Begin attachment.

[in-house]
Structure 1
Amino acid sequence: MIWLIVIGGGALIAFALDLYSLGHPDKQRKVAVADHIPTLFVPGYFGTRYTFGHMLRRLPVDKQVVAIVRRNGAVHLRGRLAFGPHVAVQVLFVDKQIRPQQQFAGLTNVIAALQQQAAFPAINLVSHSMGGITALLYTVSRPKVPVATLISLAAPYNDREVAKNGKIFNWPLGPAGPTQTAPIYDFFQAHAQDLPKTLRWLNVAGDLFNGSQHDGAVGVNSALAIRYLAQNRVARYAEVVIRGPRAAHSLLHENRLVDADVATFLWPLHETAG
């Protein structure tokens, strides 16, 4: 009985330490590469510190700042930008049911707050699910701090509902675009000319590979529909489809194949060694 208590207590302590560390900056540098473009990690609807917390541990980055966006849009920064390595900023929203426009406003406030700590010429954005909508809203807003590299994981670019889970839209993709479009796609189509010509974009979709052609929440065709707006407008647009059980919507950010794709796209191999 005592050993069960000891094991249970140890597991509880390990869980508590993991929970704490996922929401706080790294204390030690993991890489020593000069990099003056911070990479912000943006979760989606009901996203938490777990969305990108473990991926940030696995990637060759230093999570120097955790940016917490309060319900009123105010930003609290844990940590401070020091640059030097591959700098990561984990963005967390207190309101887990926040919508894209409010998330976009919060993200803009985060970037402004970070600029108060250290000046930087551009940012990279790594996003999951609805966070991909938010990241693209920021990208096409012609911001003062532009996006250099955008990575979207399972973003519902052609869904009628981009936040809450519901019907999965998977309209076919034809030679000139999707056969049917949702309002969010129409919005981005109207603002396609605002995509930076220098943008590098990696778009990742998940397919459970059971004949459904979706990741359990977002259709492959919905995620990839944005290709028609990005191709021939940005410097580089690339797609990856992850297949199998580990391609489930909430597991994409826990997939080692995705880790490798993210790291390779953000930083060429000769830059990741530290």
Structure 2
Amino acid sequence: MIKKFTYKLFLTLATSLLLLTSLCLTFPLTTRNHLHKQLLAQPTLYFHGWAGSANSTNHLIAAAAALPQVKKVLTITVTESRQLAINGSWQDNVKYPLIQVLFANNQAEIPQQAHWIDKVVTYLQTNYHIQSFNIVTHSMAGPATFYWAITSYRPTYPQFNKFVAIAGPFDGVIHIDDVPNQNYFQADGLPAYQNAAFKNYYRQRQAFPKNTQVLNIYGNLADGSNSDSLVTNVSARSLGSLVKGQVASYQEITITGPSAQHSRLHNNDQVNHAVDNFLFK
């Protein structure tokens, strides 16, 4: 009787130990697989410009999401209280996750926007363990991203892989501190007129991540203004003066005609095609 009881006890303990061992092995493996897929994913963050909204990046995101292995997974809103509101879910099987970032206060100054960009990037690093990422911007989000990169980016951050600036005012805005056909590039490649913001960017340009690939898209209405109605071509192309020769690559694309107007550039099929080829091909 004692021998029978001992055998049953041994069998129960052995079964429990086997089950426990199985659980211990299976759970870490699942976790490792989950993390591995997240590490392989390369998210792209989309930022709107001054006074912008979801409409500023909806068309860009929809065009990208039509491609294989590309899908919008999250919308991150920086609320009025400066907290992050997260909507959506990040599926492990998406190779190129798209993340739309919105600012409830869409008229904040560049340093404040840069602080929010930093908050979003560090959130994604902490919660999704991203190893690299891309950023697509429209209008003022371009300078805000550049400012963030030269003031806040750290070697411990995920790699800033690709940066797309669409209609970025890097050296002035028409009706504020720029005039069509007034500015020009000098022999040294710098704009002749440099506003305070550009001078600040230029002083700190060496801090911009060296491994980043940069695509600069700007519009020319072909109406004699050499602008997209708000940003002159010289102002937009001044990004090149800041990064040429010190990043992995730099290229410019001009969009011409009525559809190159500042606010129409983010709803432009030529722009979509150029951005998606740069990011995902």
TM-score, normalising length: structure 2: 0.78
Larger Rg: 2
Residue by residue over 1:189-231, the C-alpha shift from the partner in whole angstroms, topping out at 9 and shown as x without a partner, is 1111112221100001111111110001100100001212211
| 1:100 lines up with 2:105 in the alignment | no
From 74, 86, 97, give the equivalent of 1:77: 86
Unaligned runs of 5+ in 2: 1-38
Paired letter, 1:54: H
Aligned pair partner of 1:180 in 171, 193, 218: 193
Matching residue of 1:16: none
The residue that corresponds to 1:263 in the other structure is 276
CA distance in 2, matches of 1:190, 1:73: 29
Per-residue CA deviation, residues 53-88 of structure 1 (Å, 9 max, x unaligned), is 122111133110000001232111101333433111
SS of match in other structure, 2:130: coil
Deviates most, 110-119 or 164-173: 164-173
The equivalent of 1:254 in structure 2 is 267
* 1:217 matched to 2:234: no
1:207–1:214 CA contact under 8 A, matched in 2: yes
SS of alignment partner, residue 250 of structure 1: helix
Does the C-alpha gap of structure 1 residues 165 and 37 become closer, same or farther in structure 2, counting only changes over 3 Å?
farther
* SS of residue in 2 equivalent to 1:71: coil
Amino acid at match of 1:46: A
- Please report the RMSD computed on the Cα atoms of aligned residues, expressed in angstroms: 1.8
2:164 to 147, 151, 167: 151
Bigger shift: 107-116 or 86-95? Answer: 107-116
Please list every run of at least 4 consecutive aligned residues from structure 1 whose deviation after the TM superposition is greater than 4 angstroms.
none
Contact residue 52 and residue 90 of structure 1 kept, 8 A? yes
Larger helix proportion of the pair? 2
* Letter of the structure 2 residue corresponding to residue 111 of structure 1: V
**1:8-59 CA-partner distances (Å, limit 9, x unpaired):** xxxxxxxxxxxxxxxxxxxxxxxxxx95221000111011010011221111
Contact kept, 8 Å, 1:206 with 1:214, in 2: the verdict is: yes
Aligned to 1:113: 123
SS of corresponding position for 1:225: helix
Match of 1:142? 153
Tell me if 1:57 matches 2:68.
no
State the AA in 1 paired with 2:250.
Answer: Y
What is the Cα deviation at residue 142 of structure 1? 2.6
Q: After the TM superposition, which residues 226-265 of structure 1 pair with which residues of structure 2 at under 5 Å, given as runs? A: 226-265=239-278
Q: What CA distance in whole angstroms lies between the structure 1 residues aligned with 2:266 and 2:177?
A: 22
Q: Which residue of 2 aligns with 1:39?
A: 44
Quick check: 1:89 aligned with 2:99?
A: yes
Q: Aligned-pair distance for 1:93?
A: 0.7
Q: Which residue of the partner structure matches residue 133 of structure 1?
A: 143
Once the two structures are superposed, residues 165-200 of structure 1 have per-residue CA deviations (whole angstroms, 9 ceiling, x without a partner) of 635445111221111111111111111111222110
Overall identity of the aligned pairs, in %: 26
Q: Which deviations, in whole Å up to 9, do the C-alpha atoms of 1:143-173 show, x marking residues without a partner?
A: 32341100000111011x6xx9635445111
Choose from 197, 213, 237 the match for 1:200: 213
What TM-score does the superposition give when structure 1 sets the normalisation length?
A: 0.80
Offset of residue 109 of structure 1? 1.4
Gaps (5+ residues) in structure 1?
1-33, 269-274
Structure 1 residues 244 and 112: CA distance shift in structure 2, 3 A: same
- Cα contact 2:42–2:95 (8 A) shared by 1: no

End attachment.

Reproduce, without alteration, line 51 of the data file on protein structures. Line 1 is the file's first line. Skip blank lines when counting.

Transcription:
Q: Which residue of 2 aligns with 1:39?